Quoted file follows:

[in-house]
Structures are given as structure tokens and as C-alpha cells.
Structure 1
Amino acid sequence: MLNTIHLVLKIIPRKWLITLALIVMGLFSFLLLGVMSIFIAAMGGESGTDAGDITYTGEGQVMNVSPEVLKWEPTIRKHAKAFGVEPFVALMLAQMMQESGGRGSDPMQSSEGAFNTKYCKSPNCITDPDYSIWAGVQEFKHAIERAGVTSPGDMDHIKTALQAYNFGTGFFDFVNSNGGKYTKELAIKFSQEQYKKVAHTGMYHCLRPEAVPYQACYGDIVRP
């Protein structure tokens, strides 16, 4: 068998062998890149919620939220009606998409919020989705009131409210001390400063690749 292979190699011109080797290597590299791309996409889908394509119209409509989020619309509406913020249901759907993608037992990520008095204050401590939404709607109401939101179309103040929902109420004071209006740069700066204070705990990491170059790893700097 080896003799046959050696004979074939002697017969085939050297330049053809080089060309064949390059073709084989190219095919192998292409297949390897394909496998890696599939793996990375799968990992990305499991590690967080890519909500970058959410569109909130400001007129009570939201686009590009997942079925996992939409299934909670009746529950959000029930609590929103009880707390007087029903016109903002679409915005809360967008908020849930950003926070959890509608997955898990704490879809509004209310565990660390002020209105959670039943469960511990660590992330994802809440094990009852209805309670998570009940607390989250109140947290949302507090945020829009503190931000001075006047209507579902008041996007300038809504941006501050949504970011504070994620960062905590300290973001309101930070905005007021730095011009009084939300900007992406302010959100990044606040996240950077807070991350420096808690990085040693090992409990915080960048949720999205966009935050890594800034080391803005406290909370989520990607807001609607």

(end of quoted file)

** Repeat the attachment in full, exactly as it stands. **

[in-house]
Structures are given as structure tokens and as C-alpha cells.
Structure 1
Amino acid sequence: MLNTIHLVLKIIPRKWLITLALIVMGLFSFLLLGVMSIFIAAMGGESGTDAGDITYTGEGQVMNVSPEVLKWEPTIRKHAKAFGVEPFVALMLAQMMQESGGRGSDPMQSSEGAFNTKYCKSPNCITDPDYSIWAGVQEFKHAIERAGVTSPGDMDHIKTALQAYNFGTGFFDFVNSNGGKYTKELAIKFSQEQYKKVAHTGMYHCLRPEAVPYQACYGDIVRP
């Protein structure tokens, strides 16, 4: 068998062998890149919620939220009606998409919020989705009131409210001390400063690749 292979190699011109080797290597590299791309996409889908394509119209409509989020619309509406913020249901759907993608037992990520008095204050401590939404709607109401939101179309103040929902109420004071209006740069700066204070705990990491170059790893700097 080896003799046959050696004979074939002697017969085939050297330049053809080089060309064949390059073709084989190219095919192998292409297949390897394909496998890696599939793996990375799968990992990305499991590690967080890519909500970058959410569109909130400001007129009570939201686009590009997942079925996992939409299934909670009746529950959000029930609590929103009880707390007087029903016109903002679409915005809360967008908020849930950003926070959890509608997955898990704490879809509004209310565990660390002020209105959670039943469960511990660590992330994802809440094990009852209805309670998570009940607390989250109140947290949302507090945020829009503190931000001075006047209507579902008041996007300038809504941006501050949504970011504070994620960062905590300290973001309101930070905005007021730095011009009084939300900007992406302010959100990044606040996240950077807070991350420096808690990085040693090992409990915080960048949720999205966009935050890594800034080391803005406290909370989520990607807001609607």